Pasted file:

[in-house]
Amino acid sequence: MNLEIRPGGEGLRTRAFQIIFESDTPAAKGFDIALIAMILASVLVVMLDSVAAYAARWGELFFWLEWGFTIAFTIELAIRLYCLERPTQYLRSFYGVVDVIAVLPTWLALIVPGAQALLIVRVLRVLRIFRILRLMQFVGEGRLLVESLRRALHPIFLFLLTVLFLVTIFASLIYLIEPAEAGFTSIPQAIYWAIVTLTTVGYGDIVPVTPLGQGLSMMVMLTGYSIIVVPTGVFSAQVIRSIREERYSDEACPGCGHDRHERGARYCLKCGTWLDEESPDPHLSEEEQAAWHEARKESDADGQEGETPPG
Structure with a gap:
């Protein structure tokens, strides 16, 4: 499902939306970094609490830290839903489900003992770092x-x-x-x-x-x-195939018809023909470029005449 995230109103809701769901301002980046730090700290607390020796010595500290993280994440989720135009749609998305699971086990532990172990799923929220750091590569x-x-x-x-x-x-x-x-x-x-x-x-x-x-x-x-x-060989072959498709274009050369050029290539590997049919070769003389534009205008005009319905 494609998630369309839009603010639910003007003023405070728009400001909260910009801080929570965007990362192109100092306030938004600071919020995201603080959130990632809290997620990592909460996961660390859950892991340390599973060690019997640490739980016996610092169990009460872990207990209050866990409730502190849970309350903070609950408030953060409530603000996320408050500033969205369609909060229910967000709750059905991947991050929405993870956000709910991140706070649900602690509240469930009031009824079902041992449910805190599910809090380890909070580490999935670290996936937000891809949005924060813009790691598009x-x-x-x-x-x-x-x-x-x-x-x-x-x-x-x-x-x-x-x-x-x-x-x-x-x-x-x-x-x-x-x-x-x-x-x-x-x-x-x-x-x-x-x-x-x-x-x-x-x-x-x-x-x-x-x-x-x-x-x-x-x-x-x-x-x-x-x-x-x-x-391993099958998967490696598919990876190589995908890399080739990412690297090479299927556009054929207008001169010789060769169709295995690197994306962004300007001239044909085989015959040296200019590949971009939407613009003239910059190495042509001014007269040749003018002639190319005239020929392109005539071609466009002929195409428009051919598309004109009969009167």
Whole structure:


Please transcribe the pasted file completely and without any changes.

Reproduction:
[in-house]
Amino acid sequence: MNLEIRPGGEGLRTRAFQIIFESDTPAAKGFDIALIAMILASVLVVMLDSVAAYAARWGELFFWLEWGFTIAFTIELAIRLYCLERPTQYLRSFYGVVDVIAVLPTWLALIVPGAQALLIVRVLRVLRIFRILRLMQFVGEGRLLVESLRRALHPIFLFLLTVLFLVTIFASLIYLIEPAEAGFTSIPQAIYWAIVTLTTVGYGDIVPVTPLGQGLSMMVMLTGYSIIVVPTGVFSAQVIRSIREERYSDEACPGCGHDRHERGARYCLKCGTWLDEESPDPHLSEEEQAAWHEARKESDADGQEGETPPG
Structure with a gap:
């Protein structure tokens, strides 16, 4: 499902939306970094609490830290839903489900003992770092x-x-x-x-x-x-195939018809023909470029005449 995230109103809701769901301002980046730090700290607390020796010595500290993280994440989720135009749609998305699971086990532990172990799923929220750091590569x-x-x-x-x-x-x-x-x-x-x-x-x-x-x-x-x-060989072959498709274009050369050029290539590997049919070769003389534009205008005009319905 494609998630369309839009603010639910003007003023405070728009400001909260910009801080929570965007990362192109100092306030938004600071919020995201603080959130990632809290997620990592909460996961660390859950892991340390599973060690019997640490739980016996610092169990009460872990207990209050866990409730502190849970309350903070609950408030953060409530603000996320408050500033969205369609909060229910967000709750059905991947991050929405993870956000709910991140706070649900602690509240469930009031009824079902041992449910805190599910809090380890909070580490999935670290996936937000891809949005924060813009790691598009x-x-x-x-x-x-x-x-x-x-x-x-x-x-x-x-x-x-x-x-x-x-x-x-x-x-x-x-x-x-x-x-x-x-x-x-x-x-x-x-x-x-x-x-x-x-x-x-x-x-x-x-x-x-x-x-x-x-x-x-x-x-x-x-x-x-x-x-x-x-x-391993099958998967490696598919990876190589995908890399080739990412690297090479299927556009054929207008001169010789060769169709295995690197994306962004300007001239044909085989015959040296200019590949971009939407613009003239910059190495042509001014007269040749003018002639190319005239020929392109005539071609466009002929195409428009051919598309004109009969009167």
Whole structure: